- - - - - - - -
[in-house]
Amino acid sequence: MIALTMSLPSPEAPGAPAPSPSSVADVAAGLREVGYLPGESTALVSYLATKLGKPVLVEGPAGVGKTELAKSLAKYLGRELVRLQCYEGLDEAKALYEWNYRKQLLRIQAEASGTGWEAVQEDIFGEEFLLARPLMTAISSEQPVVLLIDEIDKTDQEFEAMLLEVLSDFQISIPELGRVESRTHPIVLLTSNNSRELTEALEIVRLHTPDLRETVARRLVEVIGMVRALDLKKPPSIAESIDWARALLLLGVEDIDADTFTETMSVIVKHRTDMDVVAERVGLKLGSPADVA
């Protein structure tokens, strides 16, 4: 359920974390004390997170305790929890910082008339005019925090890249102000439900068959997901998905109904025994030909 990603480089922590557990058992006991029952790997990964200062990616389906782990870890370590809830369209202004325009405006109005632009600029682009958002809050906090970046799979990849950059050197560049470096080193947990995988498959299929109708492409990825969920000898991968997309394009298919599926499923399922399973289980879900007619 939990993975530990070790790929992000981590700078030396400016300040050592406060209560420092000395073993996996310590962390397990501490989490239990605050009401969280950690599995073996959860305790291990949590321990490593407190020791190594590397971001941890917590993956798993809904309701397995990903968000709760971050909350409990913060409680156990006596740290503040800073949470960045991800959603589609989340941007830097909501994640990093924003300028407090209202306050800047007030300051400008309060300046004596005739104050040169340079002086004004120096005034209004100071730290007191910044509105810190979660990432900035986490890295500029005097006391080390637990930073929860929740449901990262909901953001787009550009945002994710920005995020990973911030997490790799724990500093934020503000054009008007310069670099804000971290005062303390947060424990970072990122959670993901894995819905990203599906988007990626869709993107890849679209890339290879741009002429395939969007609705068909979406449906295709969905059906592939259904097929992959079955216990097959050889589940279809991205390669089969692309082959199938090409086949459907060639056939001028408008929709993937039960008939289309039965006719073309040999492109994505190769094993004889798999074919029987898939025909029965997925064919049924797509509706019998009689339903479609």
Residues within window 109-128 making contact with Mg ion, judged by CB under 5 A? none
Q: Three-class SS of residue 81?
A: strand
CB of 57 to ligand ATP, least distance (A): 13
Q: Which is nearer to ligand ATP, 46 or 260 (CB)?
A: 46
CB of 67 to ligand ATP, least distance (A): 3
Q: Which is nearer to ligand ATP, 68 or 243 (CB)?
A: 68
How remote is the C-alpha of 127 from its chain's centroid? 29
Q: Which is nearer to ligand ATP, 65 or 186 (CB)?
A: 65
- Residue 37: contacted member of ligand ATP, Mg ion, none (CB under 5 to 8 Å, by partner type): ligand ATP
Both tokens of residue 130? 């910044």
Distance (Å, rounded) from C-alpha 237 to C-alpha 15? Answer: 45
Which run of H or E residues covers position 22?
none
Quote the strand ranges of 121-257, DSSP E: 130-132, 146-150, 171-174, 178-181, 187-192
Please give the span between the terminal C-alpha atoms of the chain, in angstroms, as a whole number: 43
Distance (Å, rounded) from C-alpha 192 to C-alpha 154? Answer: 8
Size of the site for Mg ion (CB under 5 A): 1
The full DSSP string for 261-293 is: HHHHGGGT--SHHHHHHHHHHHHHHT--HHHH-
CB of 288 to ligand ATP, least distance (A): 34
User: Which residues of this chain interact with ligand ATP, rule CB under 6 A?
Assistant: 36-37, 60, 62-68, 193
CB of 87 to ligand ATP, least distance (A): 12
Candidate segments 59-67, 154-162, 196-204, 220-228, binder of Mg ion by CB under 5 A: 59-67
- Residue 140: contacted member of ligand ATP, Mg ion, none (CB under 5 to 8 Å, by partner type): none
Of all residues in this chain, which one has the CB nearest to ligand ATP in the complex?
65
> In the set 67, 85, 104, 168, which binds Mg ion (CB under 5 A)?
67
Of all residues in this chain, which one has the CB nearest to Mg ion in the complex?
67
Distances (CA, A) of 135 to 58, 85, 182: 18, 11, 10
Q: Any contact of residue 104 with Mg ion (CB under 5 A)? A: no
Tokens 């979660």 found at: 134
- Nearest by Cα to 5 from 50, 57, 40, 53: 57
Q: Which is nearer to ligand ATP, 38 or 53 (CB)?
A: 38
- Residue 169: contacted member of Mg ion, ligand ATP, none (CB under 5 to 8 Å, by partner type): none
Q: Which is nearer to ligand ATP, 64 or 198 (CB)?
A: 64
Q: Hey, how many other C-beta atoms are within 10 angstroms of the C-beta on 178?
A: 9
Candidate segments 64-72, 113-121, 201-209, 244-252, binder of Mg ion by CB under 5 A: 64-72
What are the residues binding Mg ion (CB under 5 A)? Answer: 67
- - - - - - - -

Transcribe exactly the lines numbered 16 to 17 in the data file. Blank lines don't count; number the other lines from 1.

- Residue 37: contacted member of ligand ATP, Mg ion, none (CB under 5 to 8 Å, by partner type): ligand ATP
Both tokens of residue 130? 């910044």